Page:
HOST: If you are just joining us, you are listening to Take Care, a weekly conversation on health and wellness on WRVO Public Media.
I’m Linda Lowen and I’m Lorraine Rapp. We are talking with Dr. Neal Blitz about summer footwear and protecting our feet.
We just discussed plastic shoes. Is it possible that there are safe synthetics that breathe or at least allow a little air transfer so you don’t have those problems?
DR. BLITZ: In general you want to try to wear open-toed shoes and sandals during the summer. That will just help your foot breathe in general. Forget about what the shoe is made of; just try to wear some open-toed shoes.
Also, if you need to wear leather, I would switch to real leather shoes rather than synthetic because real leather have pores and that can allow for the shoe to breathe. Also if you are going to wear a synthetic which does not allow a lot of breathing, I recommend that you wear cotton socks as that will also absorb moisture.
HOST: One of the problems that I encounter is wearing shoes that I got for a good price. They could be Espadrilles or have that Espadrille bottom or canvas. What happens is they stretch out in a short amount of time and you find that you are straining your toes to keep them even on your foot as you are walking. I imagine that an ill-fitting shoe is also a problem.
DR. BLITZ: Yes. Shoes that don’t fit well can definitely create a problem. Again, in my practice many women try to fit into shoes that are small and I don’t really understand the psychology of that completely. It is a cute shoe and they want their foot to look smaller.
HOST: Well no, they didn’t have them in their size and they loved the shoe! That’s the psychology there! They don’t get the right size because it is not available and they are just going to stuff in their foot and talk themselves into walking around the house and hoping the shoes stretch.
DR. BLITZ: One of the problems that I see is that if the shoe is too small it will force the toes into a very unnatural position and that unnatural position a lot of times creates bunions and hammertoes, the very things that women don’t want.
HOST: Another thing that women don’t want and I will say I seem to think that men suffer from it more but maybe I’m being sexist – foot odor. It does occur and it seems that we are more aware of it in the summer because people do kick off their shoes. What can we do to deal with foot odor from sweating?
DR. BLITZ: Nobody likes smelly shoes – not you, not your friends, not your family, not your pet and not your partner.
What I usually recommend are six things:
- You want to keep your feet dry to avoid the bacteria from forming on the foot as the fungus can radiate smell.
- I recommend that you clean between your toes. It sounds simple but not so simple. A lot of people don’t really think about getting deep in between their toes and a lot of time bacteria will collect there. It’s called toe jam for a reason.
- You really want to wash your feet and you want to use a washcloth to exfoliate a little bit. Dead skin cells during the summer can actually have a smell to them.
- If you have sweaty feet, you want to consider using an antiperspirant. Again, if your feel sweat that can cause a smell.
- Use powder on your feet and within the shoes.
- Rotate your shoes and if you wear sneakers you want to wash them frequently.
HOST: I had a quick question about toenail polish. People keep it on week after week, especially when you are wearing sandals. Is there any danger to that?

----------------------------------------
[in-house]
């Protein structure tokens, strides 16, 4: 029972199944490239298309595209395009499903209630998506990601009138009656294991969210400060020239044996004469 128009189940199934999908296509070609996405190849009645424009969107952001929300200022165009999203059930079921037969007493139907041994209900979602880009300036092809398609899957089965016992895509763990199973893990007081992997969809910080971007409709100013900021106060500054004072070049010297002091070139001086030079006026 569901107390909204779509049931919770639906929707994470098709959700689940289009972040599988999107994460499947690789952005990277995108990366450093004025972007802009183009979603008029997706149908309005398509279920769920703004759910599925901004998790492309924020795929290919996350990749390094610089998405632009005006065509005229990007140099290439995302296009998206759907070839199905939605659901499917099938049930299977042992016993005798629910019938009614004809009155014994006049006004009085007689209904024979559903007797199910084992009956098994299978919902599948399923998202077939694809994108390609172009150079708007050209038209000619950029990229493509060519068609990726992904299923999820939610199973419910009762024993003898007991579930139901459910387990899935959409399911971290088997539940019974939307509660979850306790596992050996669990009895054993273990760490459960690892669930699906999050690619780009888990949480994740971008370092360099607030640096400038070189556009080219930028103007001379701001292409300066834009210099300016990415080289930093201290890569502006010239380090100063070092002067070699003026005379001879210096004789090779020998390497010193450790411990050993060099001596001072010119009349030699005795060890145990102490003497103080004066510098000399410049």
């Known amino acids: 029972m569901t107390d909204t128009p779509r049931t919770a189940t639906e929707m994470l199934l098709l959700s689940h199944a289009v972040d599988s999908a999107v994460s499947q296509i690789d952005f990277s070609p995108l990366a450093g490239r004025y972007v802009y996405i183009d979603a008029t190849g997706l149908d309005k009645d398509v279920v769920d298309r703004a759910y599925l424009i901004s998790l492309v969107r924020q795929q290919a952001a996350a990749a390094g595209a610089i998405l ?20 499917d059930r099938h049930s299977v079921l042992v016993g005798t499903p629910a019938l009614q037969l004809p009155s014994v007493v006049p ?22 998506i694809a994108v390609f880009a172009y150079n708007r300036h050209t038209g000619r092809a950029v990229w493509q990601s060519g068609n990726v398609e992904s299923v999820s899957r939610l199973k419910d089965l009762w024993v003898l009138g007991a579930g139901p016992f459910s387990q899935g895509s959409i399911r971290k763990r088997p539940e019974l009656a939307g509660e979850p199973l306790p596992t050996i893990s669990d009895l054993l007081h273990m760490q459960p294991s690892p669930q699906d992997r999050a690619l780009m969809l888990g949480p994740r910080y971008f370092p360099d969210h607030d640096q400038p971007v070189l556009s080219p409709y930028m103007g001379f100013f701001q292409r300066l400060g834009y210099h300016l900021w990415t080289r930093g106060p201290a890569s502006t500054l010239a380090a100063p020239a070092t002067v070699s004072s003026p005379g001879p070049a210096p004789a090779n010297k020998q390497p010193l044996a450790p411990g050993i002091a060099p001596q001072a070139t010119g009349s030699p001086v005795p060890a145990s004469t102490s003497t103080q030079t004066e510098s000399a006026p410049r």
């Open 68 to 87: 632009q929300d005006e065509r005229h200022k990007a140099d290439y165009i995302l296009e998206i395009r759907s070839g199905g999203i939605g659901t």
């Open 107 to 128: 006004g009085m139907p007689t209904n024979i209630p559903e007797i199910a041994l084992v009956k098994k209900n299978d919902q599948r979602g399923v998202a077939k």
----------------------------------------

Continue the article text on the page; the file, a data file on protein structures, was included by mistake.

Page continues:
DR. BLITZ: What I see with toenail polish is the toenail can become severely discolored and sometimes that is permanent. I’ve seen that happen. It can also create ridges in the toenail over a long period of time. I don’t know if there is any real danger to that but you can wind up with a sort of deformed or disfigured nail.
Sometimes, too, we see fungus in the toenail and a lot of times people use the toenail polish to hide the fungus. That is of itself sort of a viscous cycle because it only creates more problems down the road because the toenail itself can’t breathe and allows for more problems.
HOST: Dr. Blitz we just have a couple of seconds left. Are there any other seasonal foot problems that we should be aware of?
DR. BLITZ: Yes, it’s summertime so you want to avoid what I call “beach foot.” Beach foot is a burnt foot from the sun. When you are at the beach and you are putting sun block on, please, please, please use sun block on your feet.
HOST: That is something I’ve never heard of before but now I will never forget!
Thank you so much Dr. Blitz. It was a pleasure to talk with you.
DR. BLITZ: You’re welcome. Thank you!
HOST: Dr. Neal Blitz is Chief of Foot Surgery and Associate Chairman of Orthopedics at Bronx Lebanon Hospital in New York.
For more information on Dr. Blitz and summer foot health visit the Take Care web page at WRVO.org.
Coming up on next week’s show: What do your teeth and gums have to do with your overall health? We will look at the link between oral health and physical health and well being with a dentist from the Mayo Clinic plus we will dive into the issue of public pools and water-borne illness with the head of the Healthy Swimming Program at the Center of Disease Control.
Thanks for spending this half hour with us. If you have any questions or comments about the show today, email us at Take Care at WRVO.org.
This episode of Take Care is also available as a podcast on the WRVO website.
I’m Lorraine Rapp and I’m Linda Lowen. Until next time Take Care~
Take Care is a production of WRVO Public Media, written and produced by Lorraine Rapp and Linden Lowen. Edited and engineered by Leah Landry. Catherine Loper is Executive Producer. Support for Take Care comes from the Health Foundation for western and central New York.
The information presented on Take Care is offered for education and information purposes only and should not be construed as personal medical advice. You should consult with your personal physician or caregiver regarding your own medical care.